Secondly, trouble arising from the slow build-up of soot deposits and dust, leading to possible onset of decay due to small vegetation organisms, and lastly and most importantly, the straight forward erosion by wind and rain. Stone will become saturated when it is exposed excessively to driving rain. As a result, its surfaces become marked and rough. Besides weathering, stone may also decay through faulty materials and workmanship.
Like timber, stone, or brick; plaster tends to deteriorate over a period of time. plaster normally contains lime, sand and water; and sometimes chopped animal hairs to give tensile strength. plaster is used widely in decorative panels, ceiling renderings, cornices, and internal walls. Causes of deterioration include direct exposure to driving rain, condensation, evaporation, air pollution, aerosols, capillaries, thermal stresses, vegetal causes, insect attacks, animal and human activities. plaster may become cracked due to either shrinkage or movement in the substrate. Shrinkage usually occurs early in the life of the building but substrata movement and lack of maintenance is often the reason for failure in historic situations.
Buildings that are located near the sea or rivers tend to have common building defects. this is because the water coming from the ground causes dampness penetration and structural instability. in addition, soluble salt which comes from sea and together with the presence of a polluted atmosphere can cause damage to the exterior surface of the buildings. Any historic building, with an emphasis on those located on coasts with tropical climates and salt water must be preserved and maintained.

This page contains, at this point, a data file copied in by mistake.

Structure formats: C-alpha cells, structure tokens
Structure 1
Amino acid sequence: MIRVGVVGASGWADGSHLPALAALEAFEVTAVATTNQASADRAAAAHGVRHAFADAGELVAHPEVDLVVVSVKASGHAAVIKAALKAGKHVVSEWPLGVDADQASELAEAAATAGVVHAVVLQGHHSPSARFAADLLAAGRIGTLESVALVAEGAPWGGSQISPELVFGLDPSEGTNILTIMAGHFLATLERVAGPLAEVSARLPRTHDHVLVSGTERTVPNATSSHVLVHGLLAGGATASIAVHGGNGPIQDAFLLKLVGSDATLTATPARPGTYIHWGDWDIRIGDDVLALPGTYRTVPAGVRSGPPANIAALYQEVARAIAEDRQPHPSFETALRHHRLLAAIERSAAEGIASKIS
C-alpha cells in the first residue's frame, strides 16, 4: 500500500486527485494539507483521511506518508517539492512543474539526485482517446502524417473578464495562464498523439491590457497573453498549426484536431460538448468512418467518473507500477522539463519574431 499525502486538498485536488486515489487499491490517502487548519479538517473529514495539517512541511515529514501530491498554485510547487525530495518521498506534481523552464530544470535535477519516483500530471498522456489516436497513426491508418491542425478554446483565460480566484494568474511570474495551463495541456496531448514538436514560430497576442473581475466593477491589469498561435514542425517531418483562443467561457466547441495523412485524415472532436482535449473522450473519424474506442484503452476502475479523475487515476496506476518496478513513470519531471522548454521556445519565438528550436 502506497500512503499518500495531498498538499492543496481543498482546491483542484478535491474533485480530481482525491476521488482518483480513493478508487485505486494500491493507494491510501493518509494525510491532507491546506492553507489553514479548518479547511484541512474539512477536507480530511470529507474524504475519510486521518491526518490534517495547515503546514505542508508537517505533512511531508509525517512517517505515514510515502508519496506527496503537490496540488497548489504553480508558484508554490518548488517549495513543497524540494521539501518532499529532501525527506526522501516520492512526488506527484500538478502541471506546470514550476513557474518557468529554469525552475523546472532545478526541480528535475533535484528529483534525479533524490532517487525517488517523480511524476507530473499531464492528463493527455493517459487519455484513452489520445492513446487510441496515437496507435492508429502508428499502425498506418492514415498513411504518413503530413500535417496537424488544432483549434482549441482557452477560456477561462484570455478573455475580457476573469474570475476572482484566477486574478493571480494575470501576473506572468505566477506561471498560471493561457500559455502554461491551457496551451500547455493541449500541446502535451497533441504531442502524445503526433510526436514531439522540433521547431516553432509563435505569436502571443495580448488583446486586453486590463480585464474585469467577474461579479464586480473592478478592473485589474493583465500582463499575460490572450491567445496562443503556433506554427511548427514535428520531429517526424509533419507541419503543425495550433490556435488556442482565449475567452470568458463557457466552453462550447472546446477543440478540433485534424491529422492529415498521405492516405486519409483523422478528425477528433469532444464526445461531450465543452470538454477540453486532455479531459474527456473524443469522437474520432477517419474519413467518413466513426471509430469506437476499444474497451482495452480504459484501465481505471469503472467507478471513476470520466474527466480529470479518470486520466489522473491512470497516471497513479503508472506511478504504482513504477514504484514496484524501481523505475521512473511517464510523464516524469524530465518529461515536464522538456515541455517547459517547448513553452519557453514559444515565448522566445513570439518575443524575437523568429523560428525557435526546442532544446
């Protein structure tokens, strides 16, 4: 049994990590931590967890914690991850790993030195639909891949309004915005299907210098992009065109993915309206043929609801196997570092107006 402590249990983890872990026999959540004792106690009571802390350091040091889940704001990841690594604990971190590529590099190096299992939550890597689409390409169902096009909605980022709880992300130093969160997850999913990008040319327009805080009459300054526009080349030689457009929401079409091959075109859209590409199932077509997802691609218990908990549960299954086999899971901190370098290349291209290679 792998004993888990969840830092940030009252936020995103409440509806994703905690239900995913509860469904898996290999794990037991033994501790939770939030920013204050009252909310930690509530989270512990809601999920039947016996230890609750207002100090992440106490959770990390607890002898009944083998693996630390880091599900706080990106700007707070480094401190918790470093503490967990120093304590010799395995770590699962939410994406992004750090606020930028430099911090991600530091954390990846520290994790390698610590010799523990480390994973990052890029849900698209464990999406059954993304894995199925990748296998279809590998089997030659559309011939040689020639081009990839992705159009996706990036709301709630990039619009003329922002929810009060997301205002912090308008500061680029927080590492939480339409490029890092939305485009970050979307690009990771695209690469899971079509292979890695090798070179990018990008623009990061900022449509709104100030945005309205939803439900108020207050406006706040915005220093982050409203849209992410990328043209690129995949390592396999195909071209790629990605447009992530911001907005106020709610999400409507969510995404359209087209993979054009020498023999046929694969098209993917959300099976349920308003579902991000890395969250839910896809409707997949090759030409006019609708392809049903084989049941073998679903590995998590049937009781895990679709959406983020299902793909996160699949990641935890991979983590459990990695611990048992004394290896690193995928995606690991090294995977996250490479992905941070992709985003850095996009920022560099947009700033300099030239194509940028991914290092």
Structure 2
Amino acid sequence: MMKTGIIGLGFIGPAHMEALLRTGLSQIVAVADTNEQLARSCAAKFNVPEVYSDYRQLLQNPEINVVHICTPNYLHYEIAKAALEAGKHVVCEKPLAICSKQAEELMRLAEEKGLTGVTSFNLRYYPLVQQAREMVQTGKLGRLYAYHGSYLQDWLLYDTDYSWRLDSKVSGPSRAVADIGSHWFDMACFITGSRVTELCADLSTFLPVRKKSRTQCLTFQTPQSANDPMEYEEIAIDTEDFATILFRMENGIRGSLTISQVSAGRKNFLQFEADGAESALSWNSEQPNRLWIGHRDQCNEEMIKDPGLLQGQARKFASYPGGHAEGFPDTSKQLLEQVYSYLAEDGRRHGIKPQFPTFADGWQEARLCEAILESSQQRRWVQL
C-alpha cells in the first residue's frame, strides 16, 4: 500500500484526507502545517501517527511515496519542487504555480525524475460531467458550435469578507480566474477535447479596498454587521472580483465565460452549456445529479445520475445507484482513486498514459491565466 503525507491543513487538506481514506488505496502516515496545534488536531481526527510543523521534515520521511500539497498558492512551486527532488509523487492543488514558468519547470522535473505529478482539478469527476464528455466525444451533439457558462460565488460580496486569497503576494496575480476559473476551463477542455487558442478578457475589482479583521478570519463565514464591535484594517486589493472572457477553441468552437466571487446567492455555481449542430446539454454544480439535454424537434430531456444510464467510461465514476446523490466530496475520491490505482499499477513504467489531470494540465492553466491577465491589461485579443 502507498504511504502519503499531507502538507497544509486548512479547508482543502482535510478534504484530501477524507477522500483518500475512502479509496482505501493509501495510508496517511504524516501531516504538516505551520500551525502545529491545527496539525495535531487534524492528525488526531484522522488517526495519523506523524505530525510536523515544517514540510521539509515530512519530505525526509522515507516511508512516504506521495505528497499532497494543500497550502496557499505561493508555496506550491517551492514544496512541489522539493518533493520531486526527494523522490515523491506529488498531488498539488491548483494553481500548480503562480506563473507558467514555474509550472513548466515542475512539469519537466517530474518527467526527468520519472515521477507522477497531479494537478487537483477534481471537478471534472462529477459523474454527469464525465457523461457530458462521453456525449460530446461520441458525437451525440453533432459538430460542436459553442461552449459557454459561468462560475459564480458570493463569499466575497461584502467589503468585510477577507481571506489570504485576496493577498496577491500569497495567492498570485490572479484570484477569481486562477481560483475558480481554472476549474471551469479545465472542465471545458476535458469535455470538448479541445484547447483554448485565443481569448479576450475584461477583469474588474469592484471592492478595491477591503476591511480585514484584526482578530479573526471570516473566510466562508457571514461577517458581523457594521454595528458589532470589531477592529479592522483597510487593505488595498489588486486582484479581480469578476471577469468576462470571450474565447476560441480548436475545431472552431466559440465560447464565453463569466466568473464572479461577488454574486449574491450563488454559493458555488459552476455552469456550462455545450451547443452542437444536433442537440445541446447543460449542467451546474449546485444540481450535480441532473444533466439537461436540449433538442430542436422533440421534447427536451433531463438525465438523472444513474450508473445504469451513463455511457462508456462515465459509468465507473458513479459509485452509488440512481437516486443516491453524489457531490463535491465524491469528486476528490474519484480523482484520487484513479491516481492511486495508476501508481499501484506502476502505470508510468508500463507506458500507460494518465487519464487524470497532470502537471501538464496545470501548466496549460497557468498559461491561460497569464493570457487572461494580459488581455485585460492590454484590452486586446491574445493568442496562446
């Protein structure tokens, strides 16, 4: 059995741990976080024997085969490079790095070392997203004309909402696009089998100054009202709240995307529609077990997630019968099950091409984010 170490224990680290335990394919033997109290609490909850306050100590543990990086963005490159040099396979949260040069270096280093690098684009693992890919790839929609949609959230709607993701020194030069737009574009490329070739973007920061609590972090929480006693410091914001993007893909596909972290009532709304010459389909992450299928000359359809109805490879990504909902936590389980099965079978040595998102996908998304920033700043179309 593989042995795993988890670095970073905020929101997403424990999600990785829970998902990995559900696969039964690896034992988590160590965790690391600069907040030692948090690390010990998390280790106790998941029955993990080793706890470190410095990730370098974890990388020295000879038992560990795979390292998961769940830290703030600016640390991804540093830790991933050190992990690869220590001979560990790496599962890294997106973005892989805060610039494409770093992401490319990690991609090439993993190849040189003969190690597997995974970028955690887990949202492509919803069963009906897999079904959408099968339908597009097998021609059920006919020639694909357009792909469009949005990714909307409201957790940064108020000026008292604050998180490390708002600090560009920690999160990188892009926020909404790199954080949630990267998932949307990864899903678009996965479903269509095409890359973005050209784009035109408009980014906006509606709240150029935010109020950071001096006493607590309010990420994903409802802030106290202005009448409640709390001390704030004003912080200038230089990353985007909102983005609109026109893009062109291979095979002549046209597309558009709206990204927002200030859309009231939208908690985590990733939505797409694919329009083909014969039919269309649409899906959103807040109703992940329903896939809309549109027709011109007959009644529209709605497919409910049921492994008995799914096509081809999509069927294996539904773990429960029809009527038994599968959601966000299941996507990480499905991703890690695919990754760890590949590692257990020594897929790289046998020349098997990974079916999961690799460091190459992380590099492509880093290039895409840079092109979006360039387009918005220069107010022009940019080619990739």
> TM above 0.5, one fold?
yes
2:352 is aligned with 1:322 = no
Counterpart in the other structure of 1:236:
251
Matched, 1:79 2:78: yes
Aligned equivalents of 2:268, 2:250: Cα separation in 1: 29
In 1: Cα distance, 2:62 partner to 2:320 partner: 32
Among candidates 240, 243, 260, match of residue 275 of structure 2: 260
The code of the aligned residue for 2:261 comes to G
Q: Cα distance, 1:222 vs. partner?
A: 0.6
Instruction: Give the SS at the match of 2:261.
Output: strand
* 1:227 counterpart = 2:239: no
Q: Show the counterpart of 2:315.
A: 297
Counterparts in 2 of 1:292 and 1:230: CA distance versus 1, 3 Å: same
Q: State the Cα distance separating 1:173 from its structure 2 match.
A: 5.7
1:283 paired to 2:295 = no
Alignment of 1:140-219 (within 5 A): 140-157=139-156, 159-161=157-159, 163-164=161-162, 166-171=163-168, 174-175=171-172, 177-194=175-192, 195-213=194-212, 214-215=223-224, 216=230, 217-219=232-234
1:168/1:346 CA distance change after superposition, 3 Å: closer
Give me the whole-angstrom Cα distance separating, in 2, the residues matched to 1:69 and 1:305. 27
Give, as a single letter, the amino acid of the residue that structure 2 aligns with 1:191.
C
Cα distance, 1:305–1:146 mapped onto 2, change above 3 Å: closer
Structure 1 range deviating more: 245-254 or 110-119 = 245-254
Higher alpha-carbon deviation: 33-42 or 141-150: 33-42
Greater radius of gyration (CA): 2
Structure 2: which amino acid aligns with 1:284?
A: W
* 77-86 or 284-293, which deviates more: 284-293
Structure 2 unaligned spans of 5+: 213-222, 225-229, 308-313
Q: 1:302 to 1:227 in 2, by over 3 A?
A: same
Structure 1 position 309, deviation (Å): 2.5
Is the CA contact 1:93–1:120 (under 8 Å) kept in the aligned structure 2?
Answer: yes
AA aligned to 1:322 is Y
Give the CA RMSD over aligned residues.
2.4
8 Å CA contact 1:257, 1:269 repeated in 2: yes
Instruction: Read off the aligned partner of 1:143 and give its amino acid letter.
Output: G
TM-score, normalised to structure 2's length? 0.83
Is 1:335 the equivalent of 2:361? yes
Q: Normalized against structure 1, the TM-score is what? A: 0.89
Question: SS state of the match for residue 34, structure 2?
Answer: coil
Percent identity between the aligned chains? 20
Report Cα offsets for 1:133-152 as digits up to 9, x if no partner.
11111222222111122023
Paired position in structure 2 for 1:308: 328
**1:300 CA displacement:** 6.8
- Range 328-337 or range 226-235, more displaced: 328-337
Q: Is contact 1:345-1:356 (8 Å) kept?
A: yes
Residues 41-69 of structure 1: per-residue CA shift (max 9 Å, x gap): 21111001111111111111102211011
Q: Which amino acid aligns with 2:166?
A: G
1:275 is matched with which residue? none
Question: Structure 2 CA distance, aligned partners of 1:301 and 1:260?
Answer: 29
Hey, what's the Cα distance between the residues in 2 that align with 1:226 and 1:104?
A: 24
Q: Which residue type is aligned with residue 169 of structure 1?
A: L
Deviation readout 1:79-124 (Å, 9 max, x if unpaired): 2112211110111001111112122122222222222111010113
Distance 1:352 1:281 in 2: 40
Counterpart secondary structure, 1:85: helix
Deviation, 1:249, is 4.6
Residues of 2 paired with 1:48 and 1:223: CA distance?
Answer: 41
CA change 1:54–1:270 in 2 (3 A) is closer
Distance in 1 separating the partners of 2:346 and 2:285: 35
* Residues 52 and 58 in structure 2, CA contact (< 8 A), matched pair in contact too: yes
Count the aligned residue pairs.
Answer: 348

The Stuart Dean Company has been providing preservation, rehabilitation and restoration services to historical buildings and landmarks for more than 80 years. regularly scheduled and adhered to cleanings will ensure substrates are returned to the best possible condition.
Each historic structure and property is unique. Before work begins, at project initiation, a thorough understanding must be had by all working on the project to achieve the desired outcome. this includes making sure that the proposed function for the historic property is compatible with the existing conditions in order to minimize destruction of the historic fabric. Generally, the least amount of change to the building’s historic design and original architectural fabric is the preferred approach. to develop a treatment plan, site assessments are conducted to identify character-defining features and qualities. these assessments also examine the building or property as a whole to establish a hierarchy of significance, or “zones,” corresponding to specific treatments. Zoning establishes preservation priorities.
Of concern to preservation and design professionals is the cumulative effect of seemingly minor changes over time, which can greatly diminish the integrity of a historic building. Major preservation design goals include updating building systems in historic structures, which requires striking a balance between retaining original building features and accommodating new technologies and equipment. Building system updates require creativity to respect the original design and materials while meeting applicable codes and tenant needs. the accommodation of new functions, changes in technologies and the improved standards of protection provide challenges to the reuse of historic buildings and sites. Designers must address life safety, seismic, and security issues in innovative ways that preserve historic sites, spaces and features. Stuart Dean takes all of these facts into serious consideration before recommending the best course of action.
Work on historic buildings, landscapes, archaeological sites, or other cultural resources requires knowledge of a unique process of compliance and review. this process differs from work on existing buildings or on new construction and should be considered in concert with other project goals requiring close collaboration between preservationists and design disciplines. to ensure a balanced, economically viable, and preservation-sensitive project, a written treatment plan is outlined and followed. A key factor in preserving a historical building for many years to come is the routine maintenance schedule that should be adhered to for best results.